FORTUNE — Boston-bred, Dartmouth-schooled Jeff Crowe never planned on moving to Silicon Valley — but the pull of technology’s mecca was too great. In 1980, he made the move; years later, he had an MBA from Stanford University in hand. After several years working for the conglomerate Siemens, he went on to co-found the software company Edify, which he sold to S1 Corporation in 1999. (That company was later acquired by ACI Worldwide.)
Crowe is quick to admit that the entrepreneurial bug bit him, but he eventually determined that he might prefer to engage in the activity from a different vantage point: that of the venture capitalist.
Crowe joined Norwest Venture Partners in 2004, and has since invested in companies such as Admeld (acquired by Google), Jigsaw (acquired by Salesforce.com), Nano-Tex (acquired by Crypton, Inc.), The Echo Nest (acquired by Spotify), and Tuvox (acquired by West Interactive). He has also served on the boards of more than a dozen companies, including RetailMeNot, a popular online coupon company.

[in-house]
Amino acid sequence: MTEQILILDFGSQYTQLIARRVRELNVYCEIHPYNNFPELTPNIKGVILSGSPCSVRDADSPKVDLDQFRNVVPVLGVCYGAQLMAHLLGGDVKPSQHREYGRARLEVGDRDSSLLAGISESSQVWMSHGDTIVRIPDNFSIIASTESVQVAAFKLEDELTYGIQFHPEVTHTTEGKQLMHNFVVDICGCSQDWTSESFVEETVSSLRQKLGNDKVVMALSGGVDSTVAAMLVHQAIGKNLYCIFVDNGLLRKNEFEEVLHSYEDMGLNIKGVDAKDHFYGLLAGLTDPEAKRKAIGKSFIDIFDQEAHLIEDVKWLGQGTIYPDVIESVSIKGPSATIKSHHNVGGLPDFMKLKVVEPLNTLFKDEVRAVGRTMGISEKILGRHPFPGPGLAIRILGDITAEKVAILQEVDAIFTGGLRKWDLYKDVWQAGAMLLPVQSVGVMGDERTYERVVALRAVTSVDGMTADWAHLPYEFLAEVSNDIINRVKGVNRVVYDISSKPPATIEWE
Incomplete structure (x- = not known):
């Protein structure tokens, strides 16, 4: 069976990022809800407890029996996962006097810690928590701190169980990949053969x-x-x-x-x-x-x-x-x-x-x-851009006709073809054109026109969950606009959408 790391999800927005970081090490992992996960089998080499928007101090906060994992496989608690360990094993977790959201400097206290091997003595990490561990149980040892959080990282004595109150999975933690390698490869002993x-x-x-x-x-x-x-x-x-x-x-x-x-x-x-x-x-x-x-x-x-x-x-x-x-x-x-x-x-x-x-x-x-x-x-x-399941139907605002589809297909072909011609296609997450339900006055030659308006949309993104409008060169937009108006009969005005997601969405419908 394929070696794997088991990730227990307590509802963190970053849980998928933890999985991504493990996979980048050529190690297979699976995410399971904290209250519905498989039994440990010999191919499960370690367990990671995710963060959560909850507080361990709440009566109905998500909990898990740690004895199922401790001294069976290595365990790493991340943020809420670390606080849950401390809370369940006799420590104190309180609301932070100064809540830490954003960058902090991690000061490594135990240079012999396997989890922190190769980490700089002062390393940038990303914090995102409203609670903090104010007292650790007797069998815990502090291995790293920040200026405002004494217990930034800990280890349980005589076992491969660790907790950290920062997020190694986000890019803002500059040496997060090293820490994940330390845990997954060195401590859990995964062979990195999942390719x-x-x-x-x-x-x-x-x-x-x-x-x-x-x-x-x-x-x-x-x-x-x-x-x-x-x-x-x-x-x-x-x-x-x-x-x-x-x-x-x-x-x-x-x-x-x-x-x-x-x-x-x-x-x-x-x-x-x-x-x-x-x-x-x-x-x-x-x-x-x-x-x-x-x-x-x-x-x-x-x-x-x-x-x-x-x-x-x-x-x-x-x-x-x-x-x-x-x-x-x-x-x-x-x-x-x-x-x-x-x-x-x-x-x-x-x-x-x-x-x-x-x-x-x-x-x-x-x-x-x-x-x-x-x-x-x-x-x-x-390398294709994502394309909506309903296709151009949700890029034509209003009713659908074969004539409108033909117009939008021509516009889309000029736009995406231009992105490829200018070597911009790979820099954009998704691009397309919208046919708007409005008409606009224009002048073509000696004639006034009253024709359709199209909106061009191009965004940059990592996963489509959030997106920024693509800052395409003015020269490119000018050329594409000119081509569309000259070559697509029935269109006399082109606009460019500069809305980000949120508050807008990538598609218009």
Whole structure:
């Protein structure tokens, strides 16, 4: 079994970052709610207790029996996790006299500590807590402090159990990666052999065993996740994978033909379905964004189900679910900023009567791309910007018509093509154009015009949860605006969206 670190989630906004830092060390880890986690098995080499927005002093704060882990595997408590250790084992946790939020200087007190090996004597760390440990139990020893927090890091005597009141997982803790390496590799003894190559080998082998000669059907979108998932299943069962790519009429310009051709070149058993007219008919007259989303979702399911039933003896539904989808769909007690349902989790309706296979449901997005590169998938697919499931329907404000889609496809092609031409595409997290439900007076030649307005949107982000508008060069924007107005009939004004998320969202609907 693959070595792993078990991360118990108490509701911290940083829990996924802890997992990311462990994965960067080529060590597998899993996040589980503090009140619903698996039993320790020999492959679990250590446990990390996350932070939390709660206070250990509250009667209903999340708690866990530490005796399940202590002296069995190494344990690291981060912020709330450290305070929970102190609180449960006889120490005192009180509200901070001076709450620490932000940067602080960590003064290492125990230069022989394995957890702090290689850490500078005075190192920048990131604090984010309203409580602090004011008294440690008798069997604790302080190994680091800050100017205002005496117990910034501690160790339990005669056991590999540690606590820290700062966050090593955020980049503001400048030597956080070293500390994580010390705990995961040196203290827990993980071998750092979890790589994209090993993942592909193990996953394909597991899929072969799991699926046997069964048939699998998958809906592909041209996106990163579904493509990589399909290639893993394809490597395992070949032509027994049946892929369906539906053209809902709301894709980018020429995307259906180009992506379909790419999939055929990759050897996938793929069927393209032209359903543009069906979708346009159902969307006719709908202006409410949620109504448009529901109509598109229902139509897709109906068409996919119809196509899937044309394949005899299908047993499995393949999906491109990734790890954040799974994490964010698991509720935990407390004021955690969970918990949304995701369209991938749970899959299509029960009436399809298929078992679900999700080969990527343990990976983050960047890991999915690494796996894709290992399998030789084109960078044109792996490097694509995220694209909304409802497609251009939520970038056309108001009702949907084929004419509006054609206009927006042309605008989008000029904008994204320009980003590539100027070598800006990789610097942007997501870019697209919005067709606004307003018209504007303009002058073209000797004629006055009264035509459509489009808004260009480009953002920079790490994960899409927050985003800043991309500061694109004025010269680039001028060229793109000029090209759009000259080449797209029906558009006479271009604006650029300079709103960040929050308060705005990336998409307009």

Crowe, 57, spoke with Fortune.
1. Who in technology do you admire most? Why?
I admire any entrepreneur who has been successful at both founding a company and scaling it to something significant.
The first example is someone I knew early in my career, Ken Oshman. He was the CEO of ROLM, which later merged with IBM. It takes very different skill sets to found a company compared to scaling it to a very large enterprise. Obviously you see people now like Dave Duffield of Workday who has done it a few times, or even [Mark] Zuckerberg. It’s exceptionally hard to do.